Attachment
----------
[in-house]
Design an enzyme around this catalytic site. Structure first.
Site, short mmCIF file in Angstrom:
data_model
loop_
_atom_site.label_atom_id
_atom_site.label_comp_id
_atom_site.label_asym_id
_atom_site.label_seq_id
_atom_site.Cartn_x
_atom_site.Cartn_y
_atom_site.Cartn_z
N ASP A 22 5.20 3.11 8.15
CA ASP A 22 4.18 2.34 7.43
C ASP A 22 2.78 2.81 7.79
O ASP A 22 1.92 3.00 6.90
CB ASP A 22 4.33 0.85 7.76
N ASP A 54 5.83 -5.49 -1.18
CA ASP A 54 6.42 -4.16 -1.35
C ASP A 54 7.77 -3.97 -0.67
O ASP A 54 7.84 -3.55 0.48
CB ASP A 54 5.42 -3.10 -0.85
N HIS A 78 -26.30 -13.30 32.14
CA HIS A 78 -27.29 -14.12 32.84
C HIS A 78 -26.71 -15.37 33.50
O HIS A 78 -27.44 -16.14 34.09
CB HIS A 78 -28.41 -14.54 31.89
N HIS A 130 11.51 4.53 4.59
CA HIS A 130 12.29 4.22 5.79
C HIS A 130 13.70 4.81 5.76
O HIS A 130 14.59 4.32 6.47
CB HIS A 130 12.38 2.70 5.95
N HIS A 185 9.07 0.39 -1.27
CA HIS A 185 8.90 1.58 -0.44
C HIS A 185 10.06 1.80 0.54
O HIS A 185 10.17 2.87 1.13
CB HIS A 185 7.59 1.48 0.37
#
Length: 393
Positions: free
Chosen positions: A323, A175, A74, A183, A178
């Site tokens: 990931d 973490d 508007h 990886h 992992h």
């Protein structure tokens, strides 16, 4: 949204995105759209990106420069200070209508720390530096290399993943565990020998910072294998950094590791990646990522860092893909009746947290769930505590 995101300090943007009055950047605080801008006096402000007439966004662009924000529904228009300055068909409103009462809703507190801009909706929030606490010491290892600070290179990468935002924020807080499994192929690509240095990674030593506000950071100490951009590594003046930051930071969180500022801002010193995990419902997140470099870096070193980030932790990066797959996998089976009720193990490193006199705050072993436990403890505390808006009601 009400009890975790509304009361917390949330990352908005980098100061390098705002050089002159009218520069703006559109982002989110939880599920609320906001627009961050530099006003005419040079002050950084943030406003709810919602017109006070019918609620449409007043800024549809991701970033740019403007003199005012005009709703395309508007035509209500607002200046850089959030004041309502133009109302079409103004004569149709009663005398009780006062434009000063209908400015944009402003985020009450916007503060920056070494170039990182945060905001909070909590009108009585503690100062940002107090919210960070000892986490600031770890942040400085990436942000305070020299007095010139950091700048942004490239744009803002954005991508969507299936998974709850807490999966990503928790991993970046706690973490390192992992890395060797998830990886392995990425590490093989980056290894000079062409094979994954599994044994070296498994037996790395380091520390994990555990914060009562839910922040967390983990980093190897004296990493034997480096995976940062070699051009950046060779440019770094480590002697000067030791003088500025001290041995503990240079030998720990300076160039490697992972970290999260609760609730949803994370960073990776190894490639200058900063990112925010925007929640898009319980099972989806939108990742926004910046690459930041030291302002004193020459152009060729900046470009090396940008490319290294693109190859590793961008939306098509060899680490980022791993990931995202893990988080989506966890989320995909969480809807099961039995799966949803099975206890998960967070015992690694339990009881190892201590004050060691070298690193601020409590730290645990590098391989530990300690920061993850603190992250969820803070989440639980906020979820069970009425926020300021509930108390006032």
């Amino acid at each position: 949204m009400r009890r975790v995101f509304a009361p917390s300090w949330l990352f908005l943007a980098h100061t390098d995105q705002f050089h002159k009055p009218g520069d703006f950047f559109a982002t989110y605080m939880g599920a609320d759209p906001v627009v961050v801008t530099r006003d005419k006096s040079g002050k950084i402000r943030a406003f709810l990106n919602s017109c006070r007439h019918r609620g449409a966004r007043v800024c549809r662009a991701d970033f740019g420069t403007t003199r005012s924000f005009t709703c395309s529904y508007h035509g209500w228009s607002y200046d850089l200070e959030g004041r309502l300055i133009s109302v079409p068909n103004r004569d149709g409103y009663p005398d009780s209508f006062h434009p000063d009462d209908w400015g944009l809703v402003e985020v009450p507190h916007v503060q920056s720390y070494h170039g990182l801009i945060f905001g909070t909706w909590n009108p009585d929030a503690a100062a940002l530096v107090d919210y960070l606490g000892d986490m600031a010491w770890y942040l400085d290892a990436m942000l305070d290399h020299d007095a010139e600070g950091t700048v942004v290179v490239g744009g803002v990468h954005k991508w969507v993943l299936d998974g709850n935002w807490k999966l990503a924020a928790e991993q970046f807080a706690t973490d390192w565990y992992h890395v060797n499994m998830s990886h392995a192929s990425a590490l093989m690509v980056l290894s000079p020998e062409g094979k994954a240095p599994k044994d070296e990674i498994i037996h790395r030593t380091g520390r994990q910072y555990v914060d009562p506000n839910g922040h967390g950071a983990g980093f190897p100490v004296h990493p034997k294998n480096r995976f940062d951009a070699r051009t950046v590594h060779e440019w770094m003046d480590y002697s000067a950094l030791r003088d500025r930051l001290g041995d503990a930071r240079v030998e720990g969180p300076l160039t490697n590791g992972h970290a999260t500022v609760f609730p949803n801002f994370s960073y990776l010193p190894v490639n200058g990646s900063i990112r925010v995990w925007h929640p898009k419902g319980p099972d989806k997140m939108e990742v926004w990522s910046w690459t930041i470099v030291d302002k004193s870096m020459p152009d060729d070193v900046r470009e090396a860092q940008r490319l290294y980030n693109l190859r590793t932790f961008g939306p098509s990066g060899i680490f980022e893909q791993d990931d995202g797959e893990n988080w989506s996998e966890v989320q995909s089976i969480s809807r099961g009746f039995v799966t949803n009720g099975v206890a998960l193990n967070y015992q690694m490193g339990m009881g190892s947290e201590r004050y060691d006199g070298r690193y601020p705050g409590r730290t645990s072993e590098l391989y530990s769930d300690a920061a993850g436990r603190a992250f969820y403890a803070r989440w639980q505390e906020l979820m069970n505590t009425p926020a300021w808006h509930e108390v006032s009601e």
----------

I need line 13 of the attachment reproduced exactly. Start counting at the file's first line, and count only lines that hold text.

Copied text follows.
N ASP A 22 5.20 3.11 8.15